This is a suppliment to the massive 69 page thread titled, "Yep, It's Thermite..."
Due to the on-going discussion about "inert DSC testing" while ignoring the end
result, I have decided to explain the significance of iron forming balls in my own
words. I hope that some of you who are confused by the over-technical debate
can relate to this explanation and understand that the scientists who examined
the dust have this deterministic data to prove an aluminothermic reaction.
Preface (reference science paper by Harrit et al):
What does the combusiton in air have to do with the chemical reaction
between the Al and Fe? These elements do NOT burn, or begin to ignite
There was an aluminothermic reaction as shown in Fig. 20 (and others).
Section 4, page 19:
"The abundant iron-rich spheres are of particular interest in this study; none were observed in these particular chips
prior to DSC-heating. Spheres rich in iron already demonstrate the occurrence of very high temperatures, well above
the 700 °C temperature reached in the DSC, in view of the high melting point of iron and iron oxide . Such high"
Ordinary combustion of the elements presented in air CANNOT reach temperatures
high enough to MELT iron and form spheres.
Combustion in air is TOO SLOW to produce a thermal transition/pressure transition
REQUIRED to melt iron and have it form into into spheres.
What happens when you slowly heat iron (over 700'C) ? It MELTS. It pools. It
dries and forms BLOBS. It DOES NOT turn itself into a ball!
The exotherm produced in Fig. 29 is not indicative of combustion in air; it's too
narrow a peak (fast rise/fall time) to consider combustion in air.
We are trying to debate how a solid chip of Iron transforms itself into a ball. It
must go through a rapid transition from a solid state, to a liquid state and back
to a solid in a very short period of time.
If you were to heat up the iron slowly to its melting point, it would begin
to form a pool of iron (like melting ice slowly - you would get a pool of water).
If you were to allow the iron to cool slowly it would stay in a flat, solid format
(sort of like a flat poker chip). If you were to cool the pool of iron quickly, it may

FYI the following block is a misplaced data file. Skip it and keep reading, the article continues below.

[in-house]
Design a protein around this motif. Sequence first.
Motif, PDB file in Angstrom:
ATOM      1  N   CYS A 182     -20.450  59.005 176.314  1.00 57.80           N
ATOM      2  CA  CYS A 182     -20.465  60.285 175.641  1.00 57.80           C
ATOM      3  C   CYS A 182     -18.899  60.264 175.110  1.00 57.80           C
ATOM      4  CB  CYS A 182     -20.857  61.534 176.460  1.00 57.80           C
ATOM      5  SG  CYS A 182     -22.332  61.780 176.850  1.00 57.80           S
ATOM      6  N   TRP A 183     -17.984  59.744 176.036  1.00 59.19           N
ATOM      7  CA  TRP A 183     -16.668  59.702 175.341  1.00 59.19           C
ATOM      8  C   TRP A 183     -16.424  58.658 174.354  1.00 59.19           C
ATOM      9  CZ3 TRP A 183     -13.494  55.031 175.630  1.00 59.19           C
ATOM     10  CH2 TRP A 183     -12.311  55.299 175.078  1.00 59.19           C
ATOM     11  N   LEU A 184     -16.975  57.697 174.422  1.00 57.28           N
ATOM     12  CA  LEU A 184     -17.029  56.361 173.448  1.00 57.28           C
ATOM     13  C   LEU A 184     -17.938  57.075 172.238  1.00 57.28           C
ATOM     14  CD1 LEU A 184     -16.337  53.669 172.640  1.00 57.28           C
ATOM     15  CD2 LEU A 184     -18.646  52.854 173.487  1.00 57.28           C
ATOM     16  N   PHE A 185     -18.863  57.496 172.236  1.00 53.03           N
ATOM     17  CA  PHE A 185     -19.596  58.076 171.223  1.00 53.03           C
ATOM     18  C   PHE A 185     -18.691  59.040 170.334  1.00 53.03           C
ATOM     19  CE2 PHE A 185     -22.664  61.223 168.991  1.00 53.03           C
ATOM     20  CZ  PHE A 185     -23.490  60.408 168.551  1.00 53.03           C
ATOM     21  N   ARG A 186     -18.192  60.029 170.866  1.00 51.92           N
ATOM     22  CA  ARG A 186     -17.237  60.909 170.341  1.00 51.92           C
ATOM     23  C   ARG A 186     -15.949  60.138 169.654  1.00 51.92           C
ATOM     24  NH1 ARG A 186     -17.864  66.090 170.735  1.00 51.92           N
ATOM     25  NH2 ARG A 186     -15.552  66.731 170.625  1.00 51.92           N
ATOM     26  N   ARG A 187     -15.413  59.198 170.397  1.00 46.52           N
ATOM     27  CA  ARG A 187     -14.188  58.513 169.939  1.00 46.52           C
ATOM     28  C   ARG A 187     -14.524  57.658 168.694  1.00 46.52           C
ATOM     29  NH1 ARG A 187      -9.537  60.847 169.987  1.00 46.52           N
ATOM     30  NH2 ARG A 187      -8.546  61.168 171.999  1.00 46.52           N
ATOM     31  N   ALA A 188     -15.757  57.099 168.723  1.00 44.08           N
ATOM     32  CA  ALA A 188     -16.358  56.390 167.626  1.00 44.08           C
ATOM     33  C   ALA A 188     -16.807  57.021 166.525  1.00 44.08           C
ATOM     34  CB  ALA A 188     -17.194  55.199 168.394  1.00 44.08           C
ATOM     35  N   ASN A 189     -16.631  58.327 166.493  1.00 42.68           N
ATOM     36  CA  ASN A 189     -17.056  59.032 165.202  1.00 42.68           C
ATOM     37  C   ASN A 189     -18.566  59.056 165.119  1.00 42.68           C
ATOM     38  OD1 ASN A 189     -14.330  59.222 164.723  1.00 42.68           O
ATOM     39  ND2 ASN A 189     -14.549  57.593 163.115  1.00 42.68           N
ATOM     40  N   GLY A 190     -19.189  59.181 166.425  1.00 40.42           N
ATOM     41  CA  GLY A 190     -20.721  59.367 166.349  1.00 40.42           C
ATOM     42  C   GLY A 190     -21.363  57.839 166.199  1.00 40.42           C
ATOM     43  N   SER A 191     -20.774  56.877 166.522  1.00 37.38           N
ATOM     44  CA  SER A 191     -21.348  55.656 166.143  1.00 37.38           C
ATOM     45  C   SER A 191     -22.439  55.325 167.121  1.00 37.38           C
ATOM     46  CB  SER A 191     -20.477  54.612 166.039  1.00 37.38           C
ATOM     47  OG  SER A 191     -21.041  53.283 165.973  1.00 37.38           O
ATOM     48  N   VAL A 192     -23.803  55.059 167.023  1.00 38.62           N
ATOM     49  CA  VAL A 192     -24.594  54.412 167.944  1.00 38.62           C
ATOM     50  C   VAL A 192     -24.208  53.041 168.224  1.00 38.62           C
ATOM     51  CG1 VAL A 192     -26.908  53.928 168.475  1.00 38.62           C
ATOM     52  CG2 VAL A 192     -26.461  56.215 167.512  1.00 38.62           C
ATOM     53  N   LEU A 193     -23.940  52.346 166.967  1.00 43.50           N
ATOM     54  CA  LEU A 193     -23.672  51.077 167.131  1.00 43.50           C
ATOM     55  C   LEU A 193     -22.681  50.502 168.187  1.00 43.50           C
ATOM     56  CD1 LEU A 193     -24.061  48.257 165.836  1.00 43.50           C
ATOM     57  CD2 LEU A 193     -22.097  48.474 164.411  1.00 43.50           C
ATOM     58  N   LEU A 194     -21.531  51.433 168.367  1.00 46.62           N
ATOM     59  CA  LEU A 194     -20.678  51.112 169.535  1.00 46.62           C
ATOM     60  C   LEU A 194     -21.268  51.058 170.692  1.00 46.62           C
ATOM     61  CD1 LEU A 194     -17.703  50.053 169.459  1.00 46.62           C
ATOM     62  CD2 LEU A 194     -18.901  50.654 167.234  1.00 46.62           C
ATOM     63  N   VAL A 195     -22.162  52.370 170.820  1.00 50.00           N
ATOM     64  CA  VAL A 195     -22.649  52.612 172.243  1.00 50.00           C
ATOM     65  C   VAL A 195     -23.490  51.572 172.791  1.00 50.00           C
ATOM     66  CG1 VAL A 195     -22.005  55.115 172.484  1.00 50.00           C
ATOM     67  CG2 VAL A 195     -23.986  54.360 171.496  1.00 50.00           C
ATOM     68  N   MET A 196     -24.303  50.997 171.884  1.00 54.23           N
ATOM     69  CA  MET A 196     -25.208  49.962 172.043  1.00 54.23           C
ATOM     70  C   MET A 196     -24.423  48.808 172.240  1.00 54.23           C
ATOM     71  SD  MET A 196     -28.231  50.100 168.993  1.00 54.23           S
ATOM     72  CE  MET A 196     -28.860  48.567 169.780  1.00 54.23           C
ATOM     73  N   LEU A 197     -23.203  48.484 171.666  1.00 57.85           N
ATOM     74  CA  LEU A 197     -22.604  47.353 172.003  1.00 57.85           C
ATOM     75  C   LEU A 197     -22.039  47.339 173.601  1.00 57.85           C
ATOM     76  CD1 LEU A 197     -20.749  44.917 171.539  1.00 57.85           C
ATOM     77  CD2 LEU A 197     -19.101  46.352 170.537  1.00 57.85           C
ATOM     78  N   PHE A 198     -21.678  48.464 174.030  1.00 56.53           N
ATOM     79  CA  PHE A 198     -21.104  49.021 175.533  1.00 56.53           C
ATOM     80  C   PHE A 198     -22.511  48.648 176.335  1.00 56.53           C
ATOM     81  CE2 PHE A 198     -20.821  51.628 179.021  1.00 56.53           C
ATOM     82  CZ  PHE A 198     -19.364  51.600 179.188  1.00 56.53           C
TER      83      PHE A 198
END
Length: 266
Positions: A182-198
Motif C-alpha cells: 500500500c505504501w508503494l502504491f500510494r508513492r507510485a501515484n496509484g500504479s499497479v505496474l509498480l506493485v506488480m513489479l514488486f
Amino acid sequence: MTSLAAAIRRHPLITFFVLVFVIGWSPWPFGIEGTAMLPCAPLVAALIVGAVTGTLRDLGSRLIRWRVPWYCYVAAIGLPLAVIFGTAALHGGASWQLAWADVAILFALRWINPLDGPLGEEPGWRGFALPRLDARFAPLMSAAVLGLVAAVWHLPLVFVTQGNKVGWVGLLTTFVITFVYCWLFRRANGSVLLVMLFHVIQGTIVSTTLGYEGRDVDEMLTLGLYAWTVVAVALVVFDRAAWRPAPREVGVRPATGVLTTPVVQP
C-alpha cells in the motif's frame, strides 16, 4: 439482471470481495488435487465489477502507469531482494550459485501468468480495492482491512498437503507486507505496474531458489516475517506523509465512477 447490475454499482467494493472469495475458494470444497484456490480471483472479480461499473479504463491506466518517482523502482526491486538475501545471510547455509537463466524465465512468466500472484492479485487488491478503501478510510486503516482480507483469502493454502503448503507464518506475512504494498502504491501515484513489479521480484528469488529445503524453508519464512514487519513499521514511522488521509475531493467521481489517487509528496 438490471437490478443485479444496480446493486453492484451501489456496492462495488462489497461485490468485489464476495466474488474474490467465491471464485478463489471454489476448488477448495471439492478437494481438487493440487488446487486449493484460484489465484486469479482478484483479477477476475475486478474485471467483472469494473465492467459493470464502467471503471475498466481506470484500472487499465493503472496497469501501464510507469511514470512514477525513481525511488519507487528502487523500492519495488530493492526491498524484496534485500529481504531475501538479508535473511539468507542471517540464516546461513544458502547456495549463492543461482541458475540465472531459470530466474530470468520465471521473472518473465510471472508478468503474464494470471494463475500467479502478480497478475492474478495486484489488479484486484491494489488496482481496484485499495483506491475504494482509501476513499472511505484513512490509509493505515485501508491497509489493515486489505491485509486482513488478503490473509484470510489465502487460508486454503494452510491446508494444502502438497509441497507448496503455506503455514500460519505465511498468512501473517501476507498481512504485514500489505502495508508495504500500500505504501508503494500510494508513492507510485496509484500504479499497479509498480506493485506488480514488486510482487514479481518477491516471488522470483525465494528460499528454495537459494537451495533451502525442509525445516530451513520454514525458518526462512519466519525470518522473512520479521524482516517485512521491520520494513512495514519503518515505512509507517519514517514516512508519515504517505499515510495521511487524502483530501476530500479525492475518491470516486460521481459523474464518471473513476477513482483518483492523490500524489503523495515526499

start to curl up (like into a bowl shape, or curl ends like paper).
If you were to heat the iron up very fast - at an explosive rate, it would transition
from a solid to a liquid and break apart. the molten iron 'splatter' would have less
mass as individual drops and cool quickly forming balls as they return to a solid state (due to surface tension).
If you could change the thermal state of the water droplets fast enough (freeze
them), you would end up with spheres of ice.
If the water fell to the ground before freezing, the surface tension would break and cause the
droplet to puddle/pool. If it froze at this point, it would remain in a 'blob' shape.
Having said that, the iron spheres are formed just as quickly. they solidify in mid-
air and remain that way when they cool down.
Soooo...after that very basic explanation, I hope that some of you can see the
significance of the iron-rich spheres and why they prove a chemical recation
occured...and that combusition in 'air' does not matter as it's too slow
not hot enough
to form the spheres.
I challenge anyone here to use an ignition source in an open environment (standard atmosphere)
to heat up and cool iron, while showing the formation of spheres.
Video tape it. Prove me wrong. Prove the science paper wrong.
You can use anything to heat the iron that does not exceed the energy
release of jet fuel, or combustables found in the WTC.
You must use ambient air to cool the iron at a natural rate.
Good Freakin' Luck
[edit on 18-9-2009 by turbofan]